Aid groups need $150m (€120.04m) to provide urgent relief to 250,000 people displaced by separate offensives by the Syrian government outside Damascus and Turkish-led forces in the north, a UN Syria official said.
UN co-ordinator Ali al-Za'atari said some 80,000 people have fled the government's offensive in the eastern Ghouta region east of Damascus, where shelling and airstrikes have killed some 1,600 people in five weeks.
He said 50,000 were still living in shelters that have been stretched beyond capacity.
Around 26,000 people had returned to their towns after they were recaptured by the government, said Khaled Hboubati, the head of the Syrian Arab Red Crescent, at a joint press conference with Mr al-Za'atari in Damascus.
The International Red Cross (ICRC) said on Monday that children were emerging from eastern Ghouta with diarrhoea, lice and skin diseases.
It said many walked for miles on bare feet to reach the shelters.
The shelters were overcrowded, had no proper sanitation, and lacked toilets and showers, said the ICRC. It said it was working with the Red Crescent to improve them.
The Russian military operation in Syria said more than 120,000 residents had arrived on the government's side of the front lines around eastern Ghouta.
The Syrian Observatory for Human Rights monitoring group said 100,000 had crossed over. None of the figures could be independently verified.
Another 180,000 displaced Syrians are in need in the northern town of Tel Rifaat, after Turkish forces seized the Kurdish-controlled town of Afrin, said Mr al-Za'atari.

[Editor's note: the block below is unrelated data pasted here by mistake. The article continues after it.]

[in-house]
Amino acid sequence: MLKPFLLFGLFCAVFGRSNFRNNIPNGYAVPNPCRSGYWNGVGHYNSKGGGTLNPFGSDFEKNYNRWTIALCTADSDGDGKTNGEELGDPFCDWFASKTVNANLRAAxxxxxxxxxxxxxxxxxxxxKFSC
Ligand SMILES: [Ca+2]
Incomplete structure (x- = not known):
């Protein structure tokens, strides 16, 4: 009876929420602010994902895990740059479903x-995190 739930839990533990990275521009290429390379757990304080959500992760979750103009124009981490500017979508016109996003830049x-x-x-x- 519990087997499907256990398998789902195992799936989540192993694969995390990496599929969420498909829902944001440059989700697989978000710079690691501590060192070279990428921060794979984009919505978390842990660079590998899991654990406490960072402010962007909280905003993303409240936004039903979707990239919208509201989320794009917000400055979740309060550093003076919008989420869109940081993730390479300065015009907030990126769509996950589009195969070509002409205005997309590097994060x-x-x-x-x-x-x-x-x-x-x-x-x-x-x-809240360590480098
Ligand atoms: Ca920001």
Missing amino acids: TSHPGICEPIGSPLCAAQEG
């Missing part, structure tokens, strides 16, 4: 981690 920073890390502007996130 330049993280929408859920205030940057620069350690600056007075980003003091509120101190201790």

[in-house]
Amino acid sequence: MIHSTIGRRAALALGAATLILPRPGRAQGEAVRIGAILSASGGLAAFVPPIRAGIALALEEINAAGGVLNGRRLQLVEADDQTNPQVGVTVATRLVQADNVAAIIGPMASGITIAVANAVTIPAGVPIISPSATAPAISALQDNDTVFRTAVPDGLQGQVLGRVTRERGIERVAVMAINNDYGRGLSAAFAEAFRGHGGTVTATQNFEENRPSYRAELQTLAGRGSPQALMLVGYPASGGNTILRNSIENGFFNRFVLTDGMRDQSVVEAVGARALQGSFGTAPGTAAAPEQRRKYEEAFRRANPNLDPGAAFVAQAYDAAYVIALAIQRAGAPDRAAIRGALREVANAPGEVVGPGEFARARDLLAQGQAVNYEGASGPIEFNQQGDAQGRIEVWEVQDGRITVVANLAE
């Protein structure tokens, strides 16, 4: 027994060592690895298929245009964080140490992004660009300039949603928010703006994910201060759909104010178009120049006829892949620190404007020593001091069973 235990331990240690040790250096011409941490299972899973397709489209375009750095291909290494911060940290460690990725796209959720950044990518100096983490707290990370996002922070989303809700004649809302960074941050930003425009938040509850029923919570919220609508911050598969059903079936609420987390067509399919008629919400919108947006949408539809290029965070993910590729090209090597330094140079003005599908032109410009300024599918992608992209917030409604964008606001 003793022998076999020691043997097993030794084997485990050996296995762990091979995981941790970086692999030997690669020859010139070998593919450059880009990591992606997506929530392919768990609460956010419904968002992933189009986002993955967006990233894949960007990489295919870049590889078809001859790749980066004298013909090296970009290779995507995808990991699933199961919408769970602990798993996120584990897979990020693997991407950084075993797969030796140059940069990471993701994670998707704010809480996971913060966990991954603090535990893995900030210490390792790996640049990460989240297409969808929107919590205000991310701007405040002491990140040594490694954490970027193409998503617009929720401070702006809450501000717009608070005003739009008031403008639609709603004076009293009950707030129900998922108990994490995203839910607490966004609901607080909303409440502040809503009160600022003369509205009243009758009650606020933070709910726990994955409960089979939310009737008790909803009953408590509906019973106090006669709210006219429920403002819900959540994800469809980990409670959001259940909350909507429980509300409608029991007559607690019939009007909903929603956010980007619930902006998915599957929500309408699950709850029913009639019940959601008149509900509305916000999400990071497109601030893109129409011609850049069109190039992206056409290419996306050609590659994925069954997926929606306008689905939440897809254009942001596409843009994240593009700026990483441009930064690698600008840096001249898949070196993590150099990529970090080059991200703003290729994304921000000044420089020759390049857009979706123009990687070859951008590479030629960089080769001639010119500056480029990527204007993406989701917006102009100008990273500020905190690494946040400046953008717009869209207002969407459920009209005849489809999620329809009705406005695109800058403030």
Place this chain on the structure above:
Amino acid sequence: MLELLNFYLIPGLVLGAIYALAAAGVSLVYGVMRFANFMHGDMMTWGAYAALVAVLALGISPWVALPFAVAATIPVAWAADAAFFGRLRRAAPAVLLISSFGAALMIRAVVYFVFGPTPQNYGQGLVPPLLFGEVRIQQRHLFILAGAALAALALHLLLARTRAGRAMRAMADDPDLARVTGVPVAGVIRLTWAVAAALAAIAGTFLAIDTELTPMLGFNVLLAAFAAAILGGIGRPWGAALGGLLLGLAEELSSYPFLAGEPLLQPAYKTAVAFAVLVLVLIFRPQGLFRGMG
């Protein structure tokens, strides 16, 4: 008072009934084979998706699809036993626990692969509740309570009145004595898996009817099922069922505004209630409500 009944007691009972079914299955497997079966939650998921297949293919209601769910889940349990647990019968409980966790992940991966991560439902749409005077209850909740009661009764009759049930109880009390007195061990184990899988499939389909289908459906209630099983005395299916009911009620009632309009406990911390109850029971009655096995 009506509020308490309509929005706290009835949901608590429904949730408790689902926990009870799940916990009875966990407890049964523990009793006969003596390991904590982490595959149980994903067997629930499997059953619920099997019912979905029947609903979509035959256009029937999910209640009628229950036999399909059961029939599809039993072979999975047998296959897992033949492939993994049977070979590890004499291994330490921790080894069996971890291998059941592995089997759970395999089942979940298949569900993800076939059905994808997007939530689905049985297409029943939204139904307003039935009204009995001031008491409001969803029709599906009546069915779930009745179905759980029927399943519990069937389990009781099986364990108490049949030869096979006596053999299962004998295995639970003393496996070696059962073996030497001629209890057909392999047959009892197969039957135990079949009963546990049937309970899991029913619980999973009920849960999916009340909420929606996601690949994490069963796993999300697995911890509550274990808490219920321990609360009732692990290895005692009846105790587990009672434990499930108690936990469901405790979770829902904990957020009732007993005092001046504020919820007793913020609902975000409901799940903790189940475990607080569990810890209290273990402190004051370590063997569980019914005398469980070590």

He told reporters in Damascus that "finance is coming, but is still beneath the required level".
A renewed push by the Syrian government and Russia to take the last rebel-held pocket in eastern Ghouta could drive tens of thousands more out of their homes and into shelters.
Russia gave the rebel Army of Islam faction 48 hours from Tuesday to agree to leave the town of Douma or face one last assault that could kill countless civilians trapped inside.
The government was amassing its forces around the town in preparation.
The Army of Islam is the last faction holding out against the government in eastern Ghouta.
If the fighters agree to leave, they will follow some 25,000 others - fighters and civilians - who have elected to board buses to rebel-held north-west Syria instead of reconcile with the government.
Many say they cannot serve in President Bashar Assad's conscription army. Others say they cannot trust the government's notorious security services.
The bus evacuations continued on Wednesday. Some 6,500 people arrived in Idlib from the formerly besieged Ghouta towns of Arbeen, Ein Terma, Zamalka, and Jobar.
Another convoy of buses was scheduled to leave eastern Ghouta later in the day, or early on Thursday.